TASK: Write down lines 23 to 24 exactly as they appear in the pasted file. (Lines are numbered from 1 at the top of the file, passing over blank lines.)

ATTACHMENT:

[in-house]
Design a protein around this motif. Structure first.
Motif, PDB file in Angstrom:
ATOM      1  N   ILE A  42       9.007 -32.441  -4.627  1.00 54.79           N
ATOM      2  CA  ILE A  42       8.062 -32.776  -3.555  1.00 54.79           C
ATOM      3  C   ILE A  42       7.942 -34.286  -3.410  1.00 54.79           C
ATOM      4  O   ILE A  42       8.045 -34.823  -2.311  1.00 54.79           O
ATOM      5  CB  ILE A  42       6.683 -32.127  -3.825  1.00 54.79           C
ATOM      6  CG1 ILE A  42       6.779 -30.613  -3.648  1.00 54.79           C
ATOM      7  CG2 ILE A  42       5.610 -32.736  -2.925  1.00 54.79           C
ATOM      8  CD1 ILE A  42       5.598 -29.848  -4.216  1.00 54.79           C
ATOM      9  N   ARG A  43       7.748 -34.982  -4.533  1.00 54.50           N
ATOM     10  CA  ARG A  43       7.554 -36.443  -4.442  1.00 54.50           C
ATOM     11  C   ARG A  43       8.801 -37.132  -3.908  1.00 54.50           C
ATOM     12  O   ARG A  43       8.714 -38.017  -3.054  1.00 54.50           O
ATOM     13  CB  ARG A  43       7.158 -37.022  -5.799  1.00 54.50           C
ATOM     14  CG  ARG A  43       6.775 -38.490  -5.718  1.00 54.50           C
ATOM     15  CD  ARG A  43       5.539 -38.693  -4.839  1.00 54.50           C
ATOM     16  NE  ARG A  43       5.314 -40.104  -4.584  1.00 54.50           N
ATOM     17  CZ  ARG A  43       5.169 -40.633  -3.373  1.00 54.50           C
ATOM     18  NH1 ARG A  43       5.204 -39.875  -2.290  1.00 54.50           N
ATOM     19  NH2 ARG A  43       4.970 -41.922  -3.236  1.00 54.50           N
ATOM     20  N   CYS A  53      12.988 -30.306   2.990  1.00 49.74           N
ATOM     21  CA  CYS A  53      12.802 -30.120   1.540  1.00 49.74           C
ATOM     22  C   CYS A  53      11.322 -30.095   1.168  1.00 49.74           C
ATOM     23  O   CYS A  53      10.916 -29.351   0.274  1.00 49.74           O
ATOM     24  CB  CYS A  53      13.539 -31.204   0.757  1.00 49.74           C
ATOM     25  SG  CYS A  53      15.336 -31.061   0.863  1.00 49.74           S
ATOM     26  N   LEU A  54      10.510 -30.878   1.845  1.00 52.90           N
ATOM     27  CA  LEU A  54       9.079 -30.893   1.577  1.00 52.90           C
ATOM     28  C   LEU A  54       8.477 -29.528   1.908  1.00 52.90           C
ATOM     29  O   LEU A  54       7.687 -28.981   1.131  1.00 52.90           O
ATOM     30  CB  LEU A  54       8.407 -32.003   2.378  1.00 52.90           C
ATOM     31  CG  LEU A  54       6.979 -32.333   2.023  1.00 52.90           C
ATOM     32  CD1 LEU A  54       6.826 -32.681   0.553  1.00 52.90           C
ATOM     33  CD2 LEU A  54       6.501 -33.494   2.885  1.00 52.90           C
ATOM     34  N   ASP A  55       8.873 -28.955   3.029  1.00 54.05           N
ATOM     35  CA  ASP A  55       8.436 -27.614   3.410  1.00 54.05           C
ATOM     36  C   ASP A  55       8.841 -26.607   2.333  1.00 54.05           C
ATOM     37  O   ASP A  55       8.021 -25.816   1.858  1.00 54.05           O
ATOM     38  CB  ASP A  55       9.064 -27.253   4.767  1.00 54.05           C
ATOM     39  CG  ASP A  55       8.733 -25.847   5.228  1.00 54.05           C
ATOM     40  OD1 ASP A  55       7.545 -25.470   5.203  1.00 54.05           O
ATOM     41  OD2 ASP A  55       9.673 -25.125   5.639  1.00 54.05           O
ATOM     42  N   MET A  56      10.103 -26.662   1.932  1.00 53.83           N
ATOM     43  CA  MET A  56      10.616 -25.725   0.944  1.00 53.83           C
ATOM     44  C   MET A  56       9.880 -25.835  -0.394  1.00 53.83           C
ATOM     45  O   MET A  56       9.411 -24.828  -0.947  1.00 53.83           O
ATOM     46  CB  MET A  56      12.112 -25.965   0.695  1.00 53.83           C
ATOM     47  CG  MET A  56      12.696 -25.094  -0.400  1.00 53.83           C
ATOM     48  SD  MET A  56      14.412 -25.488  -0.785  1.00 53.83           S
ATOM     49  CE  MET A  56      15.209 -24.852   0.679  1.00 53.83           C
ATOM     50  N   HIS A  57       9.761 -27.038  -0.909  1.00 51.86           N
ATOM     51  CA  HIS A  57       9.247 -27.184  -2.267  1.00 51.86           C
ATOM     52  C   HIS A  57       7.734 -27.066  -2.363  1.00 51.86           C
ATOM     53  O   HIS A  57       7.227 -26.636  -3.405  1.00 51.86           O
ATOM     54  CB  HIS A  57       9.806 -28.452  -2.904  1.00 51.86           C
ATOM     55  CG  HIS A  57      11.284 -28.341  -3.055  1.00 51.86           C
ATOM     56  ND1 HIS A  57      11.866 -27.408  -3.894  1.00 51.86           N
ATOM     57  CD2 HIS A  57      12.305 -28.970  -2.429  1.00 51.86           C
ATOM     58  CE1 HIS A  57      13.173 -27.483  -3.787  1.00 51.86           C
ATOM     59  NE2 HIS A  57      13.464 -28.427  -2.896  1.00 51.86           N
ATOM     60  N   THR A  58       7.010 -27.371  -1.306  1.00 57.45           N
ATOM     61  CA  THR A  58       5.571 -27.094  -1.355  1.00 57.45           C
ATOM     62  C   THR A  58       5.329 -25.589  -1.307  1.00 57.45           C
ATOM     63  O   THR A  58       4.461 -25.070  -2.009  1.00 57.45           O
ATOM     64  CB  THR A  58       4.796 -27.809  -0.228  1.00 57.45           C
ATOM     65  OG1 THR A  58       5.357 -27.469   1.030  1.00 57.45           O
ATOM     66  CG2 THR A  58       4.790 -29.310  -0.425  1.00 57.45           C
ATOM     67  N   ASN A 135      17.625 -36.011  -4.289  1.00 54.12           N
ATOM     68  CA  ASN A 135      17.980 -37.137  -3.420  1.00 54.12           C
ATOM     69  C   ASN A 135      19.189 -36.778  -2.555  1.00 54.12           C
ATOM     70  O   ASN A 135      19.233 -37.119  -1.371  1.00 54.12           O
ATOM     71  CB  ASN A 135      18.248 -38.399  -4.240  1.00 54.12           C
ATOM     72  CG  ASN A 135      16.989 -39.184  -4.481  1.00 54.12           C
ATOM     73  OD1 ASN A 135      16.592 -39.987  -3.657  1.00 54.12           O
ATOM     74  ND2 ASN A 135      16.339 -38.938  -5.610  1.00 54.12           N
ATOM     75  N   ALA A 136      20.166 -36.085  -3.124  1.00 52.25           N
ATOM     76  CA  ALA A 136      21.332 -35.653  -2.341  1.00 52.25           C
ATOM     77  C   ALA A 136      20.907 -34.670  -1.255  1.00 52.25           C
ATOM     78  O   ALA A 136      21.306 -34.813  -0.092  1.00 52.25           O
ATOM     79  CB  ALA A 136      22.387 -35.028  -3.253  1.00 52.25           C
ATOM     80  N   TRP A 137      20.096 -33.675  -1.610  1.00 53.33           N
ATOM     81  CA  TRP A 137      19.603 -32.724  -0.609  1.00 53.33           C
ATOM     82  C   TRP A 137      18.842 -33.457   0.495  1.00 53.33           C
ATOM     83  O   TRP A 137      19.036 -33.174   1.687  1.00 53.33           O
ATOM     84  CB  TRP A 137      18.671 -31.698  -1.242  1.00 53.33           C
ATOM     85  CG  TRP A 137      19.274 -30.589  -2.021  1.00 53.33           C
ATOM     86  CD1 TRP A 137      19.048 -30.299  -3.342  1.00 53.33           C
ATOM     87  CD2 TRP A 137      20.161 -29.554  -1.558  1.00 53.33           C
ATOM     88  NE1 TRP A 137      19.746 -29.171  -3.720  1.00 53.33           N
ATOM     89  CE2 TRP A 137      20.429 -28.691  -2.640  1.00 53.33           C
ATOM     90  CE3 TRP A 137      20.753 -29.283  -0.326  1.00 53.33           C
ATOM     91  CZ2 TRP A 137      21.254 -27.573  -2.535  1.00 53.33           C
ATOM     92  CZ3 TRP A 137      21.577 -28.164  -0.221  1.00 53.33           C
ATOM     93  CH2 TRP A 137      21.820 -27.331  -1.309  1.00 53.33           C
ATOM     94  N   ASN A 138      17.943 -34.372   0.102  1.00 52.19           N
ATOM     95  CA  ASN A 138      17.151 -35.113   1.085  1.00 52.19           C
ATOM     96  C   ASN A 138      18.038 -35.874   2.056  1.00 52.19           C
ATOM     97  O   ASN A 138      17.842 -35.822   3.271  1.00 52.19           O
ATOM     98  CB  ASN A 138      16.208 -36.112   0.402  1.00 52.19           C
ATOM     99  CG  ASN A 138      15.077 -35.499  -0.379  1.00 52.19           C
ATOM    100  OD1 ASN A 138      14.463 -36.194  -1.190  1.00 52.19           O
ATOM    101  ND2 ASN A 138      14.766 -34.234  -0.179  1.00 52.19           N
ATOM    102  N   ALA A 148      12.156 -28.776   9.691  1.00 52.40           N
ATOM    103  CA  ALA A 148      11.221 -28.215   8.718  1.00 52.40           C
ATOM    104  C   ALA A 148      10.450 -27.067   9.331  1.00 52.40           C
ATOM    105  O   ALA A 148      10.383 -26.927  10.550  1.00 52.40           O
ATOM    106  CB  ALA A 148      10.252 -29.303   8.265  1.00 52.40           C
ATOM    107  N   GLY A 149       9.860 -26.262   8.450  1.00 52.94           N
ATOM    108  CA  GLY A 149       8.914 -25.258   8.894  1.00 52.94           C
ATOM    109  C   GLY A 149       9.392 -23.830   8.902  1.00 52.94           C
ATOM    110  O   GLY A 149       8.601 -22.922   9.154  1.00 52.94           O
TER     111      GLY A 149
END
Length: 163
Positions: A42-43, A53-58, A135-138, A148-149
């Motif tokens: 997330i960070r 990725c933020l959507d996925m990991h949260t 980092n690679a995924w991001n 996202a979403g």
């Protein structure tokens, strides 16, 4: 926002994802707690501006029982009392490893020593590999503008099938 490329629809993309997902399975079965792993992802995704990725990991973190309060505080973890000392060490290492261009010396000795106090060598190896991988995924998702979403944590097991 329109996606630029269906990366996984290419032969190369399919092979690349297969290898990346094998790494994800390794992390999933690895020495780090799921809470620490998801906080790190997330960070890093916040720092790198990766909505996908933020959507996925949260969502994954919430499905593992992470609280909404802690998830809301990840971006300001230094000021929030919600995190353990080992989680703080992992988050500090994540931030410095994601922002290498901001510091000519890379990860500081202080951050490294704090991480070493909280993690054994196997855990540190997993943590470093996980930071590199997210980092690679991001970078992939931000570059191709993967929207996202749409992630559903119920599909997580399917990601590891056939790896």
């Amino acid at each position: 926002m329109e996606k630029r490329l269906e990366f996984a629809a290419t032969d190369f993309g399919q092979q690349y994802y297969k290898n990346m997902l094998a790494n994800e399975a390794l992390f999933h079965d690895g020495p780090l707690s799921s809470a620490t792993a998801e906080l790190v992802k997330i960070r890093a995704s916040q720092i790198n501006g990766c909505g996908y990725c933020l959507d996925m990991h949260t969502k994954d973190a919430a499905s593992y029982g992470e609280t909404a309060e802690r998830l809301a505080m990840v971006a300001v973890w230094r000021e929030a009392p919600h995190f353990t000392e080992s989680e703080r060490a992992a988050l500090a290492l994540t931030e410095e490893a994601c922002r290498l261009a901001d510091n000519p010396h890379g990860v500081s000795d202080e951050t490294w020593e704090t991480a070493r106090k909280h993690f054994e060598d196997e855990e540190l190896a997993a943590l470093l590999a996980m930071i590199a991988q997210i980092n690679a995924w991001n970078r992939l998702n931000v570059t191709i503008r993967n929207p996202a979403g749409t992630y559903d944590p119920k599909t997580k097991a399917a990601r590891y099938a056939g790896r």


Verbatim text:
ATOM     20  N   CYS A  53      12.988 -30.306   2.990  1.00 49.74           N
ATOM     21  CA  CYS A  53      12.802 -30.120   1.540  1.00 49.74           C